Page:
What Happened To The Crazy Gang?
Liverpool face AFC Wimbledon tonight in what many are billing, despite the politics involved, as a rematch of the 1988 FA Cup Final where the Dons shocked Liverpool with a one-nil win – or as John Motson put it “the Crazy Gang have beaten the Culture Club”.
We take a look at what happened to 1988’s FA Cup winners.
Beasant became the first goalkeeper to save a penalty in an FA Cup final, keeping out John Aldridge’s spot-kick. He went on to win a couple of international caps in a much-travelled career and came out of retirement recently as substitute for Stevenage. His son Sam is also a goalkeeper at the club.
Beasant also spared Clive Goodyear’s blushes as it was the defender’s foul on Aldridge that conceded the penalty. He was never at regular at Wimbledon and a knee injury curtailed a career than ended in a Hong Kong league. Goodyear qualified as a physiotherapist, working for Luton Town, Cardiff City and Chester before establishing his own practice.
Despite being born in Singapore, the headband-donning defender went on to win 21 caps for Wales. He made a big-money move to Crystal Palace in 1990, joining fellow Crazy Gang member Andy Thorn at Selhurst Park. “Ninja” became an accountant when he retired and now works for a construction company in London.
Thorn was a losing finalist with Palace in 1990 before returning to Wimbledon for a second stint. A knee injury forced him to retire at 31, and he then spent a number of years as a scout. He’s since had two unsuccessful attempts at management – with Coventry City and Kidderminster Harriers.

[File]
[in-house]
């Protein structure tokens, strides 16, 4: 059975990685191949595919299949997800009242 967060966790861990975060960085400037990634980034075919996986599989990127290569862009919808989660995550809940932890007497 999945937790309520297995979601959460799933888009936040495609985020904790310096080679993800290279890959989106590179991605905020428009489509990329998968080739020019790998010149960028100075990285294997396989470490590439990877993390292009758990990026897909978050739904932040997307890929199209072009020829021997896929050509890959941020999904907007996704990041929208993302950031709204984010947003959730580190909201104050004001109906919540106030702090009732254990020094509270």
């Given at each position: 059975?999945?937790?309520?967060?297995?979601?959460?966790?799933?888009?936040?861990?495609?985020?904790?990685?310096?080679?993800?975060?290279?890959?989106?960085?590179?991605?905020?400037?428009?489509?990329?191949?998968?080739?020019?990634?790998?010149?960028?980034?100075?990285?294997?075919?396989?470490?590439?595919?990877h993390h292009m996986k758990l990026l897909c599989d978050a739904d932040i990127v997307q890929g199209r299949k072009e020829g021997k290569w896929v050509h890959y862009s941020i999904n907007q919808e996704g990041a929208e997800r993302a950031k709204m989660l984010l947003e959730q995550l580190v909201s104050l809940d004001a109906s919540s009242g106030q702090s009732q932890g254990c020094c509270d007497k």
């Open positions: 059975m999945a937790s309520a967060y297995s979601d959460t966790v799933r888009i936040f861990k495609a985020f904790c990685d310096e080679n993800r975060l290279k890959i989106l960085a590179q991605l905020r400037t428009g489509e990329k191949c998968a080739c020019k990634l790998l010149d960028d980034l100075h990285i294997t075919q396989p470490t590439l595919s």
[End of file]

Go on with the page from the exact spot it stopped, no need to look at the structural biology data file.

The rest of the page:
The left-back’s form at Wimbledon led to a £2.7 million move to Manchester City, which equaled the record fee for a defender at that time. Phelan represented Ireland at the 1994 World Cup and went on to play for the likes of Chelsea and Everton. He finished his career playing and coaching in the US and New Zealand, and is now based as a coach in Manchester.
The scorer of the winning goal against Liverpool, Sanchez started in management with Sligo Rovers upon his retirement. He enjoyed further FA Cup success as manager of Wycombe Wanderers – leading them to the 2001 semi-finals – before becoming Northern Ireland boss. He’s also managed Fulham and Barnet and, most recently, Greek club Apollon Smyrni.
The former hod carrier certainly had a colourful career after the Crazy Gang’s FA Cup win. He went on to play for the likes of Leeds United and Chelsea before becoming another to return to Wimbledon for a second stint. He won nine caps for Wales and recently donated his FA Cup winners medal to AFC Wimbledon. He’s since enjoyed a successful acting career, starring in the likes of “Lock Stock and Two Smoking Barrels” and “Snatch”.
The striker holds the record for first team appearances and goals at Wimbledon, whom he played for in all four divisions of the Football League. Since retiring, he’s had a number of coaching roles and has managed the likes of Swansea City and Cardiff City. His son Jack is an impressive midfielder with Southampton.
Another controversial member of the side, Wise went on to forge a highly successful playing career. He won 21 caps for England and spent 11 years at Chelsea alongside the likes of Ruud Gullit, Gianluca Vialli and Gianfranco Zola.
He captained the Blues to an FA Cup win in 1997 and won another three years later. He even led Millwall to a final as player-manager in 2004, where they were beaten in Manchester United’s last FA Cup triumph. His most recent role in football was his disastrous stint as Executive Director at Newcastle United.
Gibson was one of the first people shown the door at Old Trafford when Sir Alex Ferguson took over, joining the Dons in 1987. He became assistant to former team-mate Sanchez at several clubs before becoming a pundit for Spanish TV.
“Fash the Bash” scored over 100 goals for Wimbledon during an eight-year stay, winning two England caps in the process. He went on to co-host TV show “Gladiators” in the mid-90s and has also appeared on a number of reality shows, including “Fash FC” where he became manager of his own Sunday League team.